Why are you going on about arguments and discussions while ignoring the evidence?

“My suggestion as a non-evolutionist biologist has been ,“you chaps are bright. Why have you not come up with something better?”

My suggestion to you is, “Why don’t you examine the evidence, particularly the sequence evidence? Even worse, why do you pretend that this evidence doesn’t even exist? Why will you pretend, if coerced into acknowledging its existence, that it represents nothing more than vague “similarity”?

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GJDS - #69339

April 17th 2012

I suppose your attitude must be addresses - when I see chemists become detectives who gather your evidence to progress the frontiers of our discipline I will take you “civilised” approach seriously. Since you have this unquestioned certainty and evidence that will convict anyone who questions your assumptions of this over-reaching theory, why not do the civilised thing and provide say a 100-200 word summary that would make your position unassailable and absolute?

Surely this is not unreasonable. You need to be reminded that you are providing this to the world as proponents of your certain position. My position is simply to ask questions if I am sufficiently interested. Perhaps you may wish that I drop everything else, because your theory is so earth shattering and all science will cease if some doubt various tennets; so we drop everything to go through your terabytes of evidence - but hubris is the only term that comes to mind.

For the record, I do not think that evolutionary theory is bogus - nor am I in a huff and puff over it. I have taken part in these types of discussions more because of public statement from people like Dawkins, who I feel is a disgrace to the sciences - not because he has an opinion to proclaim, but rather he, and it seems you, has taken upon yourselves the mantle of science for all sorts of things (e.g. The God delusion, science provides proofs against religion, and God only knows what else).

I will continue to work in my area and perhaps become bored fairly soon with discussions from evolutionists about beginnings, origins, what is good and true and how they are the source of all knowledge, evidence, proof, and so on. In any event, I wish you well and if your goal is to find more evidence, please be succesful at this.

I remind you that I would welcome your summary that would convince sceptics like me that you have proven with such certainty your theory of evolution.

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melanogaster - #69340

April 17th 2012

“I suppose your attitude must be addresses - when I see chemists become detectives who gather your evidence to progress the frontiers of our discipline I will take you “civilised” approach seriously.”

You’re not making any sense. We are discussing YOUR aggressive attitude, from which you pontificate about others allegedly failing to control conditions. My civilised request remains evaded: precisely what data do YOU produce that are more exact than DNA sequences, which I predict you’ll never address as the major evidentiary support for modern evolutionary theory?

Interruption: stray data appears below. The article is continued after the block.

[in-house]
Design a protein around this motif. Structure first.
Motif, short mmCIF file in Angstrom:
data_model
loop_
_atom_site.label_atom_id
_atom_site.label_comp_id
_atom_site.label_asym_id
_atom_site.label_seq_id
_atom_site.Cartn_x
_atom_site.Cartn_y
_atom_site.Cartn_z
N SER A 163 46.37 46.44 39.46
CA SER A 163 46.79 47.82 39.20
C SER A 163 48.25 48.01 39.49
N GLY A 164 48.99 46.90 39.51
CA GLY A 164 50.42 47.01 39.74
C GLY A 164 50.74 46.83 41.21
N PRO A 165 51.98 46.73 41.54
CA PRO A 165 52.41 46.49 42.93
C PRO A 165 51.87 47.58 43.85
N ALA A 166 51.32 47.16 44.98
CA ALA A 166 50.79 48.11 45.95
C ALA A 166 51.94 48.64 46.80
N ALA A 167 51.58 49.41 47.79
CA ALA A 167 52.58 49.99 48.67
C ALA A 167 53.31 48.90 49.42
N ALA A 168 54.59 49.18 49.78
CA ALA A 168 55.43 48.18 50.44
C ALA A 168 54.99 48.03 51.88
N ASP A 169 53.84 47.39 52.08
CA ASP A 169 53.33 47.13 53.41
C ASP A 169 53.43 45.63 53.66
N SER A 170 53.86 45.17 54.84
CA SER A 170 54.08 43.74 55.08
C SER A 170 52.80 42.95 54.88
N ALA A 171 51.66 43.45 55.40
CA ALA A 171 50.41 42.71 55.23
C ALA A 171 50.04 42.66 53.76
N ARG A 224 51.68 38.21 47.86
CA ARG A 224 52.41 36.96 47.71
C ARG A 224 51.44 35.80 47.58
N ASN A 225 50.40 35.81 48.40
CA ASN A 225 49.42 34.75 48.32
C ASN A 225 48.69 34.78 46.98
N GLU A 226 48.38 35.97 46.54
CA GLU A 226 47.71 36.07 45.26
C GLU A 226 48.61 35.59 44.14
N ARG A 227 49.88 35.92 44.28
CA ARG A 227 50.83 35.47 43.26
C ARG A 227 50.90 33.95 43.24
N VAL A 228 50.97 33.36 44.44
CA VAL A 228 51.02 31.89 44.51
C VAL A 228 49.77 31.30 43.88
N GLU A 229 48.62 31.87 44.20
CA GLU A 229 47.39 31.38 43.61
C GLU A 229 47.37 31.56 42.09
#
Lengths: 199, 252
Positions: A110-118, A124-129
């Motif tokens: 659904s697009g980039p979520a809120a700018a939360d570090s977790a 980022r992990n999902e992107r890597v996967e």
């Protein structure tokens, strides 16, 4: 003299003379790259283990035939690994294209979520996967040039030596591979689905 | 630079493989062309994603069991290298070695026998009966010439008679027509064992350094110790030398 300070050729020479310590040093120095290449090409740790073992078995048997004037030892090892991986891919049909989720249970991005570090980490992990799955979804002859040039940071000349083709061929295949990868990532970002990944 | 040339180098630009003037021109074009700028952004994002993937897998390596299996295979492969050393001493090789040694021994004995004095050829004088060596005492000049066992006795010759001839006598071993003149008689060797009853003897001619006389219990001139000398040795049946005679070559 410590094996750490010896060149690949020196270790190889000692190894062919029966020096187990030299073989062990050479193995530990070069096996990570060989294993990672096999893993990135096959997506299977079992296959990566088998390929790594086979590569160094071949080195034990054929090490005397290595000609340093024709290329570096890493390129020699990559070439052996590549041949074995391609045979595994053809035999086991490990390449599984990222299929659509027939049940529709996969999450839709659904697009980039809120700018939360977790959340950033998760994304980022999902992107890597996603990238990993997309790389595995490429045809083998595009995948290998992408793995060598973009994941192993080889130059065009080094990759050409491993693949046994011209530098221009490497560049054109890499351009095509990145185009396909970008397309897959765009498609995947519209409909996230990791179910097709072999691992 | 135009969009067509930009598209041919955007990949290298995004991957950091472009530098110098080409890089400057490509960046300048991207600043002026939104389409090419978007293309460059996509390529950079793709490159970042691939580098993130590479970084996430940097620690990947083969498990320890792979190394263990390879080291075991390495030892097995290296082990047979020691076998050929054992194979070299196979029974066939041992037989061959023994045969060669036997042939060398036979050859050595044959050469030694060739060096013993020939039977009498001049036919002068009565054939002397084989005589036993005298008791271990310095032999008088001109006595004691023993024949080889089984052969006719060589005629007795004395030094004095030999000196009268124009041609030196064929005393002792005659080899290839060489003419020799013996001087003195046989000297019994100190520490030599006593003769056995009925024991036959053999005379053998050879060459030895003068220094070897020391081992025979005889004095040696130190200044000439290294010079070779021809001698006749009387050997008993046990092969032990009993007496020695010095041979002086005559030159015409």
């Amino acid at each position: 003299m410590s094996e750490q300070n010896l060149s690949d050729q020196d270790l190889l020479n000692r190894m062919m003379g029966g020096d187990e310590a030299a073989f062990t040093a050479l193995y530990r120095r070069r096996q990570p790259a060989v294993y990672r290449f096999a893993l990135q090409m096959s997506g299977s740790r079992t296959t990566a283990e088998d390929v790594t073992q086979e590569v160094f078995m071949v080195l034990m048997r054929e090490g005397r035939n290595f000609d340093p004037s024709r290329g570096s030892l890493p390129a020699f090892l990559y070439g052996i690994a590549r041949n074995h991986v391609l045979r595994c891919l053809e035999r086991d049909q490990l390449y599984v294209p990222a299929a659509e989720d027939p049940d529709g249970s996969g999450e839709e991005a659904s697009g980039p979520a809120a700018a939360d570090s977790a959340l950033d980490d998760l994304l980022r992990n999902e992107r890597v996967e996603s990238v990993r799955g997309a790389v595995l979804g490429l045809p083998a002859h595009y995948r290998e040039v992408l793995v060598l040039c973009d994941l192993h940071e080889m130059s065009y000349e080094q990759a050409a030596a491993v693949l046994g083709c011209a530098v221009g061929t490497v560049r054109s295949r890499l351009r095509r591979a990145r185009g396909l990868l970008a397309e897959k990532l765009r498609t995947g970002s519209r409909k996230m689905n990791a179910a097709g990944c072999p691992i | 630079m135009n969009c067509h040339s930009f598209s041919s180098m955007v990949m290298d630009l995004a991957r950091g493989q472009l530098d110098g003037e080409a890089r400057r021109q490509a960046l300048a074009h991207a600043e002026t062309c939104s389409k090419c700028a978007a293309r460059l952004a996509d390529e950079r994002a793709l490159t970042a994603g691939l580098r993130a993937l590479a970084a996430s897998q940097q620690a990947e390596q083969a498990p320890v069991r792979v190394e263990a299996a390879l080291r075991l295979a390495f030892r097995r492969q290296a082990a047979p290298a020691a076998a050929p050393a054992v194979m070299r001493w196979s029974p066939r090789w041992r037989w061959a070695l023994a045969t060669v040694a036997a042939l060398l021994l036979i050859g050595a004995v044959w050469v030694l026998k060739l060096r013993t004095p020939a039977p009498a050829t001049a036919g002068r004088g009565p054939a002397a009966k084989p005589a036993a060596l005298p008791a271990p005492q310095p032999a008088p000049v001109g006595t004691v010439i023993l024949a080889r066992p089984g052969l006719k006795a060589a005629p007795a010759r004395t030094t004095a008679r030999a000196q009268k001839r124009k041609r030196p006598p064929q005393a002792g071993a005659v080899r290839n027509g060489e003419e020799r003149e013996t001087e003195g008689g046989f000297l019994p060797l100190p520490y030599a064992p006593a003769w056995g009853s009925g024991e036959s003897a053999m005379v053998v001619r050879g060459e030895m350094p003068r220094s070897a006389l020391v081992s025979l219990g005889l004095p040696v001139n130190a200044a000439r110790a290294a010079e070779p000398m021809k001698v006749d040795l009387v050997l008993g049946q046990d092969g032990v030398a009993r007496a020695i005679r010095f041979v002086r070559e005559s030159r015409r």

“Since you have this unquestioned certainty and evidence that will convict anyone who questions your assumptions of this over-reaching theory, why not do the civilised thing and provide say a 100-200 word summary that would make your position unassailable and absolute?”

Because that would be silly. Evidence is what convinces, not rhetoric. That’s why you are scrupulously avoiding evidence. That’s why the IDcreationist movement is about rhetoric and about avoiding producing new evidence.

“Surely this is not unreasonable. You need to be reminded that you are providing this to the world as proponents of your certain position.”

I and thousands of other hardworking scientists provide evidence, which you ignore while arrogantly and petulantly demanding rhetoric instead.

“My position is simply to ask questions if I am sufficiently interested.”

False. You’re making claims and silly demands, not asking questions.

“Perhaps you may wish that I drop everything else, because your theory is so earth shattering and all science will cease if some doubt various tennets; so we drop everything to go through your terabytes of evidence…”

Wow. The distortions you employ here are fascinating. First, it’s not my theory. If you actually knew anything about modern evolutionary theory, you’d know that it’s really a set of theories. Second, my point is that you can’t even bring yourself to acknowledge the existence of the strongest evidence set, much less look at even a sample of it. Your attempt to portray this as a demand that you go through all of it is anything but civilised.

“I have taken part in these types of discussions more because of public statement from people like Dawkins,…”

My point is that you are not interested in evolution as you claimed to be. Your attempts to make this about Dawkins just confirm that!

“… who I feel is a disgrace to the sciences - not because he has an opinion to proclaim, but rather he, and it seems you, has taken upon yourselves the mantle of science for all sorts of things (e.g. The God delusion, science provides proofs against religion, and God only knows what else).”

Precisely how does it seem that I have done so? I am a Christian.

“I remind you that I would welcome your summary that would convince sceptics like me that you have proven with such certainty your theory of evolution.”

I remind you that this is a parlor trick designed to take attention from the evidence, where it belongs, to rhetoric.